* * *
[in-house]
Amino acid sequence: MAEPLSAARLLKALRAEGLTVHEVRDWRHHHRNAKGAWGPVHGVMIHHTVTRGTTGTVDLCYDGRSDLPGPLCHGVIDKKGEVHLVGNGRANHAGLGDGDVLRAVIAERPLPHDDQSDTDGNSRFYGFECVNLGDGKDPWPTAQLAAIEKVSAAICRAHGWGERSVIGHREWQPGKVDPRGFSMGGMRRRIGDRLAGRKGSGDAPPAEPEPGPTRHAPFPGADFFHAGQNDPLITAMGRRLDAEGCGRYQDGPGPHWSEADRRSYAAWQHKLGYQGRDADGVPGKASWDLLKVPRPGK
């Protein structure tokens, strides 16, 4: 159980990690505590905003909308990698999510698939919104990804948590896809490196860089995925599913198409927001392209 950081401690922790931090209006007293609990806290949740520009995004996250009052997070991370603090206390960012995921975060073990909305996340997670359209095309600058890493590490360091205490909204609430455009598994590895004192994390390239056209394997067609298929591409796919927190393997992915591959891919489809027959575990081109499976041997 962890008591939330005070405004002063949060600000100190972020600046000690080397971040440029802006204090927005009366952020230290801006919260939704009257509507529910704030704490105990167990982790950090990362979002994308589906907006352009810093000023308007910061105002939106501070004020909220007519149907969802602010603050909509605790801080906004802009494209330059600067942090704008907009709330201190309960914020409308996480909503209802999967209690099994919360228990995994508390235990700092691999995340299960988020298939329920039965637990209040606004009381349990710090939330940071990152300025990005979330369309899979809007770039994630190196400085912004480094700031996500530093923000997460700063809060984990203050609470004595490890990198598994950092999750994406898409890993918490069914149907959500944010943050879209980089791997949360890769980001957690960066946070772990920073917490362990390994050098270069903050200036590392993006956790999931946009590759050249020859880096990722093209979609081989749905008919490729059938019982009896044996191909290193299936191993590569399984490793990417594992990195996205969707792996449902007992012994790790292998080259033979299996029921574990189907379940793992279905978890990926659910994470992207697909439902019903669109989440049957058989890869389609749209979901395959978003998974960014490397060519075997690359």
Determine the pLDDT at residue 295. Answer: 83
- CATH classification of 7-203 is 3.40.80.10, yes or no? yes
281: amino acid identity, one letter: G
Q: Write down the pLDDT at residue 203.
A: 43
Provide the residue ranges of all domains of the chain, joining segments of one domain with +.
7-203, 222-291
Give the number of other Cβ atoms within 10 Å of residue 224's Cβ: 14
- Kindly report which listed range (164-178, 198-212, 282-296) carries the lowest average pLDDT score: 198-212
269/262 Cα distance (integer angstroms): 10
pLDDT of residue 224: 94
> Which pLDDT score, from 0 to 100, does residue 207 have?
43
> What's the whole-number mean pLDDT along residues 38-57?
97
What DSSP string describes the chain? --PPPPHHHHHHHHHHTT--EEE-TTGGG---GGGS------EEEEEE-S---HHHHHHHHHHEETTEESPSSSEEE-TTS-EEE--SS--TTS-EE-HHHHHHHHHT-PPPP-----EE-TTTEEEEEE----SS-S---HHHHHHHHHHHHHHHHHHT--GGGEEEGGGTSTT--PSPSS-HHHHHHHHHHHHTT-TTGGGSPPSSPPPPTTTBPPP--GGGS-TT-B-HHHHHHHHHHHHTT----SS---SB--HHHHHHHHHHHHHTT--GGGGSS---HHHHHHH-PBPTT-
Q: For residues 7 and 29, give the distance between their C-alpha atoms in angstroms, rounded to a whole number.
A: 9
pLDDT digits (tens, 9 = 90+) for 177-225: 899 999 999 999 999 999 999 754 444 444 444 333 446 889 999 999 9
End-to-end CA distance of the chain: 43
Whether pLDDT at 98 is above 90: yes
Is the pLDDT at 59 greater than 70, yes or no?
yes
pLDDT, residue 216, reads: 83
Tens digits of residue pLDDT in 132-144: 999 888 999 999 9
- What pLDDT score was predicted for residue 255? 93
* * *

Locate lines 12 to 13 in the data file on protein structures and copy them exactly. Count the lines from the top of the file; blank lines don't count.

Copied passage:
- Kindly report which listed range (164-178, 198-212, 282-296) carries the lowest average pLDDT score: 198-212
269/262 Cα distance (integer angstroms): 10